Goose Barnacles

A few days ago my wife and I were walking along the beach under the cliffs at Hengistbury Head near Bournemouth. It was a beautiful sunny day – in fact a fine way to welcome in 2013. From quite some distance our eyes were drawn to a piece of sea carried debris on the littoral zone. It bobbed up and down a bit as larger waves tried to wash it further up the beach. We wondered what on earth it could be.

It proved to be, when we got there, a piece of sponge foam – probably rather a nasty piece of stuff to have floating in the sea. At least, that was what we thought. It was man made and surely was not going to do sea creatures any good. But it didn’t take much examination to discover a big cluster of amazing shelled creatures. They were beautiful and we had no idea what they were. Another pair of people joined us. They, too, thought they were beautiful, but had no idea as to just what they were.

‘We’ll have to look them up when we get home’, we decided. But first, some pictures.


That’s the beach and cliffs at Hengistbury Head. You can see Bournemouth in the background and our co- interested folk studying the piece of sponge foam.


I was going to say that there was a cluster of clams. I thought they might be clams, but I was wrong. So it’s a cluster of critters!


And there’s just a few of them, firmly embedded into the foam by their rather worm like ‘foot’.

They are goose or gooseneck barnacles. I’ve borrowed a short paragraph from the BBC nature site at

Goose barnacles are odd-looking crustaceans usually found in quite deep water. Occasionally they can be found on debris that has become dislodged from the sea bed and washed up on the shore. They are found in oceans the world over, except in Arctic regions.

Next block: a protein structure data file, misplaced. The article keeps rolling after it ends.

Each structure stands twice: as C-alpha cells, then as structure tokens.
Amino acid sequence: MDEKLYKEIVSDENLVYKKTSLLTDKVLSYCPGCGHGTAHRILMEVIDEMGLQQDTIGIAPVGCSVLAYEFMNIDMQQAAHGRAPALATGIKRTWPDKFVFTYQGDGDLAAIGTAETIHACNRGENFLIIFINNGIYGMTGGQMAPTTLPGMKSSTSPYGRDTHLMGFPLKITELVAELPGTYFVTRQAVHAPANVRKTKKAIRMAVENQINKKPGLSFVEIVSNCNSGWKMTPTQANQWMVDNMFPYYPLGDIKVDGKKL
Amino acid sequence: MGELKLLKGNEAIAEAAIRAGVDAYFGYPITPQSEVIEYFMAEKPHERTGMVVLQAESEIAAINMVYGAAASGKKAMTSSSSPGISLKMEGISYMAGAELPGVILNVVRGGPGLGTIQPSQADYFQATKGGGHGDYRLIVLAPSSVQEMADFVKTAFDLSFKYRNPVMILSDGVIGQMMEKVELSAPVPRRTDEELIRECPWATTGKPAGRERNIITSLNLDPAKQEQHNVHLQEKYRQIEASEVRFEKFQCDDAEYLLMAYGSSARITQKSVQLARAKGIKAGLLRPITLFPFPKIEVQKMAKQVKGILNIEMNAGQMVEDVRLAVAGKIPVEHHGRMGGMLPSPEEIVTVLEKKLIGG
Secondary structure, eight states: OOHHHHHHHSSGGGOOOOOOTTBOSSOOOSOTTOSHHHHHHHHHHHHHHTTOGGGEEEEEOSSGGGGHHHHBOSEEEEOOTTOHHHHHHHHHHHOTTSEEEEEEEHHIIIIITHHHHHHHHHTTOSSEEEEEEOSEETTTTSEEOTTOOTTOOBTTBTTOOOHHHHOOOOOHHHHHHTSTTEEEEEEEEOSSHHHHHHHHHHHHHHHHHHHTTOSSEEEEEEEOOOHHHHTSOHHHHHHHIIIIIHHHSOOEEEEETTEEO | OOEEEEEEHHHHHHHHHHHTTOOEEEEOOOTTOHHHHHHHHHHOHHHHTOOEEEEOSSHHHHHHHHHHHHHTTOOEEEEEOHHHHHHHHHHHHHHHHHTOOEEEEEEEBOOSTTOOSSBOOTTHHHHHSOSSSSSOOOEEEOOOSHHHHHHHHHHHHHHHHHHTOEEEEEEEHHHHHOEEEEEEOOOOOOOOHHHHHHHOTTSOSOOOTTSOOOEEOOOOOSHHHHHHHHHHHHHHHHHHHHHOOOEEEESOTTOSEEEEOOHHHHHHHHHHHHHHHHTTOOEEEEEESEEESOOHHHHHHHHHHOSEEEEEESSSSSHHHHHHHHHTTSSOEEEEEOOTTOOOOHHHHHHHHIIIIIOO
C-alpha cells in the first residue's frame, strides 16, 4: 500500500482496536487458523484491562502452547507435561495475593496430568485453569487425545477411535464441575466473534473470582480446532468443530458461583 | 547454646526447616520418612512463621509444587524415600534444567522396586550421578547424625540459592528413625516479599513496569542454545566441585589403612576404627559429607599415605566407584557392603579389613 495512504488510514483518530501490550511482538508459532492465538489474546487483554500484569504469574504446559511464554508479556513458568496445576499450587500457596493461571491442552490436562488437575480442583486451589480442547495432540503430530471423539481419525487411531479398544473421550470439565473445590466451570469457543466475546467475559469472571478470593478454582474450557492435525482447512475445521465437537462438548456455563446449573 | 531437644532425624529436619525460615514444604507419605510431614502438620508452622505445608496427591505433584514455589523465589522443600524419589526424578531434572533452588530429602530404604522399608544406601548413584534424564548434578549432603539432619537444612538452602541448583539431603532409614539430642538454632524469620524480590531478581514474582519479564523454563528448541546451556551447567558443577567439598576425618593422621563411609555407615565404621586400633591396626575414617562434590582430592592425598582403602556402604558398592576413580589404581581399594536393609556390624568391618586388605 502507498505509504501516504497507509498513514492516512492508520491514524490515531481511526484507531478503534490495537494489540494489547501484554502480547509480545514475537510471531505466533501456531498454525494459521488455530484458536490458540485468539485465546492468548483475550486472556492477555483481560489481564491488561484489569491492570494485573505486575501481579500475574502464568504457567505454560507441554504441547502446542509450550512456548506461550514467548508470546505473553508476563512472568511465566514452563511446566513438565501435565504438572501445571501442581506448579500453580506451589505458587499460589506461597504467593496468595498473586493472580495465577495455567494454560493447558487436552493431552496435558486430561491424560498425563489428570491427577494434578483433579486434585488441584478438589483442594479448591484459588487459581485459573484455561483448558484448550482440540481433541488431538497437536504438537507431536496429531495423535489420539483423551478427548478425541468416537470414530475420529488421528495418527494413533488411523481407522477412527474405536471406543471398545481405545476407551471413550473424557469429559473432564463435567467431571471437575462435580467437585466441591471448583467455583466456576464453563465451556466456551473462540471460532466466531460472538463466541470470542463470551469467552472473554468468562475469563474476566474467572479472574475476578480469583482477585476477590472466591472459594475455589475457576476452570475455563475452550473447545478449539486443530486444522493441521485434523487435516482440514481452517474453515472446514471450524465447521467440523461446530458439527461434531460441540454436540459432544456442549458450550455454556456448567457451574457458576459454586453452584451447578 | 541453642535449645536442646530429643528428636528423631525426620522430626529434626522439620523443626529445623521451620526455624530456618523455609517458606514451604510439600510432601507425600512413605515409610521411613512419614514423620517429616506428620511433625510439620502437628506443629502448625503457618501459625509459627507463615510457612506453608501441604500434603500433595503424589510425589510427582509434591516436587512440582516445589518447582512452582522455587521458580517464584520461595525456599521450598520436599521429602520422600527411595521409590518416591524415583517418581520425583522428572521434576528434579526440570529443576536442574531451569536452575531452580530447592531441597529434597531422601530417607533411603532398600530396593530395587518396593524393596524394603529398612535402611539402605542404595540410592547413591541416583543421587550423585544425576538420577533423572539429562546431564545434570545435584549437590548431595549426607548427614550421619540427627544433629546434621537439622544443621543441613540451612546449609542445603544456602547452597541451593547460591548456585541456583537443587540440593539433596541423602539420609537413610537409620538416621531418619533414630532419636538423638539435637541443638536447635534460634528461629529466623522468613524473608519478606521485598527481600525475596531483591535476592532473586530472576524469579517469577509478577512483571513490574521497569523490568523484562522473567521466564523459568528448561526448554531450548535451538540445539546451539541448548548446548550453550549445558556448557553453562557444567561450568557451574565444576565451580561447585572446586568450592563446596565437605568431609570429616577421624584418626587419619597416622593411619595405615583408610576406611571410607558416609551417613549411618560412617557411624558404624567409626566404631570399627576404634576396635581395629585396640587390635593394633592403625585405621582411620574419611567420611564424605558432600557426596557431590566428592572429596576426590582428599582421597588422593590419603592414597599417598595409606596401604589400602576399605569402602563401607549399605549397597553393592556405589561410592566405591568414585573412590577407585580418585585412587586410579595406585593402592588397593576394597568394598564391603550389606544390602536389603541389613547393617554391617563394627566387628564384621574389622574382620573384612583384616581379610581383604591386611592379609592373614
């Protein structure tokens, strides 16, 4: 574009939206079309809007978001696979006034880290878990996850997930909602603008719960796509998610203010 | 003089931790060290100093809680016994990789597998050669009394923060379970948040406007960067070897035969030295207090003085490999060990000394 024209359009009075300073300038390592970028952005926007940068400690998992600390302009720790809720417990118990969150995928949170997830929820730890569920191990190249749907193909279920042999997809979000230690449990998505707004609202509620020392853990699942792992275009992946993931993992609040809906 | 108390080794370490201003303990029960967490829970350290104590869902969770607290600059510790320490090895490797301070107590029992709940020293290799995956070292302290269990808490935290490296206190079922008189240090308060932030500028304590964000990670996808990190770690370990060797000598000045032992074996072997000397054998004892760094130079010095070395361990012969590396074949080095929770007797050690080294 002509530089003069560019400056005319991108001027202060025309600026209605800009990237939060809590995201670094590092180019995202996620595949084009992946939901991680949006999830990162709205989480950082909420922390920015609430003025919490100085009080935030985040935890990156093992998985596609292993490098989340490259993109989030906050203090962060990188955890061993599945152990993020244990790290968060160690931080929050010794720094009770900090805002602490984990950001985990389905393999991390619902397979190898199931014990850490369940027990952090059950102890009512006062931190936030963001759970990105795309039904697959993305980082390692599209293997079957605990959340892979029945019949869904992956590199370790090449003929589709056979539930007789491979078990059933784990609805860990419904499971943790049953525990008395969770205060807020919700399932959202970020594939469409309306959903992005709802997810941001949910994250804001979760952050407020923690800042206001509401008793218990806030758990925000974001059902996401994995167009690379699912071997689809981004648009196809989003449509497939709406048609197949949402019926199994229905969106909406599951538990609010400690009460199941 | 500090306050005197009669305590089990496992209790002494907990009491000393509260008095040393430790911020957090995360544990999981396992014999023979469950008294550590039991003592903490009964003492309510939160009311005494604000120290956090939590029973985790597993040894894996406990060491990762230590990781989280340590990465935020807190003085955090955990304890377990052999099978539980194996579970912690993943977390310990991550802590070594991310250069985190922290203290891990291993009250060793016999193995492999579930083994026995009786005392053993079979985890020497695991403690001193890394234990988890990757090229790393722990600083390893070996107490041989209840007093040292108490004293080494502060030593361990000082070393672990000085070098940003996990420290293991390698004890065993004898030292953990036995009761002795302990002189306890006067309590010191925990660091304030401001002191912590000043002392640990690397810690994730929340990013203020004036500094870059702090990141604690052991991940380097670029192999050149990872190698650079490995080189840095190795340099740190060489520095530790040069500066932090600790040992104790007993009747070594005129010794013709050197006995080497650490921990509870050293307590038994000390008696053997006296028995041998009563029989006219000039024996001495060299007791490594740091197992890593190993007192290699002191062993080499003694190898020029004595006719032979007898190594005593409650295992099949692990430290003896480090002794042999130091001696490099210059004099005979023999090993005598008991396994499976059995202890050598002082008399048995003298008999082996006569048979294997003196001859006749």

Although I am quoting from a web site, actually, a book proved much more useful in the initial identification. Using the power of the web can be very hard when you have no idea at all what you are looking for.

As a former goose keeper, I can see where the name of these comes from. There is something goose-like about the shape. Apparently our forebears thought they were some kind of larval stage in the life of geese! That would have been the barnacle goose, of course.

I had always thought that barnacles were rather dull looking little things that clung to rocks – a kind of small version of the limpet. I was not aware of this wonderful creature – the goose barnacle.

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5 Responses to “Goose Barnacles”

  1. Carol Says:

    How strange! But as you say, rather wonderful.

  2. rose2852 Says:

    I have seen this type of barnacle on mooring ropes in fairly shallow water.

    • locksands Says:

      Hi Rose and thanks. I knew nothing of these creatueres and so go by the book and other wisdom which says, deep water. On the other hand there is a web video of some chaps in Spain grabbing them from cliffs as waves go out. It looks lunatic to me.
      Do you see them in Oz? That makes them pretty well world wide so they must be very successful creatures.

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